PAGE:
Skip to content

Northwest MP celebrates anti-scab legislation

Skeena-Bulkley Valley MP Taylor Bachrach, left, and NDP labour critic Matthew Green at the Rio Tinto smelter in Kitimat as part of Green’s tour of the Northwest earlier this month. (Contributed)

Skeena-Bulkley Valley MP Taylor Bachrach is celebrating the passage of new anti-scab legislation, a milestone for which he says organized labour and his NDP party have spent years advocating.

“This is a historic win for working people,” said Bachrach. “The use of scabs has long undermined workers’ right to collectively bargain, which is key to securing better pay and conditions.”

Bill C-58, aimed at prohibiting the use of replacement workers during strikes in federally regulated workplaces, passed the House of Commons with unanimous support on May 27. The legislation, a key element of the supply-and-confidence agreement between the Liberals and the NDP, received 317 votes in favour and none opposed.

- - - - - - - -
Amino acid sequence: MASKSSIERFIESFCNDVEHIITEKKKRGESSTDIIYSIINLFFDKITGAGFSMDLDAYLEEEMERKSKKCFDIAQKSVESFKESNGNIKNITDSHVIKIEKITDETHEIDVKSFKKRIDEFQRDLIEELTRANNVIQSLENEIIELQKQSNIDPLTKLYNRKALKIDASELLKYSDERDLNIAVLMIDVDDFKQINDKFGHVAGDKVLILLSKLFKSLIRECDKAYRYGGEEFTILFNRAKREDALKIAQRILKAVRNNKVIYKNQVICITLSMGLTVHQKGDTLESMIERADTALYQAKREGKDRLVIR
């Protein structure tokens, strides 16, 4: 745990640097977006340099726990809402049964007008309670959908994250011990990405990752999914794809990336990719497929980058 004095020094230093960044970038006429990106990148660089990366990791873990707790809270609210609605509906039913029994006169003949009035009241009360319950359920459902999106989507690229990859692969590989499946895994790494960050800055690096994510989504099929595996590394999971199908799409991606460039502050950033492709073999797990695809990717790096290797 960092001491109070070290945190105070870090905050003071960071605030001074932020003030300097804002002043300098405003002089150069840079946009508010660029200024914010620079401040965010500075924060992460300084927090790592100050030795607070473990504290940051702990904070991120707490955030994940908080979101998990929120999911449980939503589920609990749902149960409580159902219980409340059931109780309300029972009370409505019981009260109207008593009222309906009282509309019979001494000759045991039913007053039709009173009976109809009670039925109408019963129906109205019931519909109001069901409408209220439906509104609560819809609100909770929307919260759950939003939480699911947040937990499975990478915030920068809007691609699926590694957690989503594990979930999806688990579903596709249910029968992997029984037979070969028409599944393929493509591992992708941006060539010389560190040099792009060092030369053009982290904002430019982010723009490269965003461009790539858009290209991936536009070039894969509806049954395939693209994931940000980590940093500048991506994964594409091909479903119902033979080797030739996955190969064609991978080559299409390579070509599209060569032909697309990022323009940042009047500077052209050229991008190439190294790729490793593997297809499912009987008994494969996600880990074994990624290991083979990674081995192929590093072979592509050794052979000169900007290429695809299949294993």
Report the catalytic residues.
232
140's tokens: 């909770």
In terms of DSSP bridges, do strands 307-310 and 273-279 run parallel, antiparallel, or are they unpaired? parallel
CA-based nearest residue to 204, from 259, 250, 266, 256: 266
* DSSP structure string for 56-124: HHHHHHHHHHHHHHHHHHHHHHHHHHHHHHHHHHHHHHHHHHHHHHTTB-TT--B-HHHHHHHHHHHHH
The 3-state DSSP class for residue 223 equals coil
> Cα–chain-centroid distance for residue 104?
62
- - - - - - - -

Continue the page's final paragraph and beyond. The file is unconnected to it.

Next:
Bachrach noted that the NDP has introduced nine anti-scab bills over the past 15 years.

“For almost two decades, the Liberals and Conservatives have voted against better worker protections. Pierre Poilievre has voted against anti-scab bills eight times while simultaneously giving corporations billions in handouts,” Bachrach said. “At a time of record corporate profits, this law ensures working people have a fair chance at the negotiating table – a fair chance to negotiate what they deserve.”

READ MORE: Union issues 72-hour strike notice at B.C.’s massive Gibraltar copper mine

Canada’s largest union in the federally regulated private sector, UNIFOR, with locals across the Northwest, has long supported the bill. The union argues the case for the legislation is clear, as replacement workers undermine the right to strike by reducing the impact of labour withdrawal and business disruption.

“While employers argue that scabs are needed to ‘keep the lights on,’ they conveniently overlook the fact that no ban on replacement workers has ever been implemented without a clause mandating the maintenance of essential services,” a union statement reads.

“The real reason employers deploy scabs is simple: to break the power of the union and keep business going as usual.”

About the Author: Quinn Bender

Read more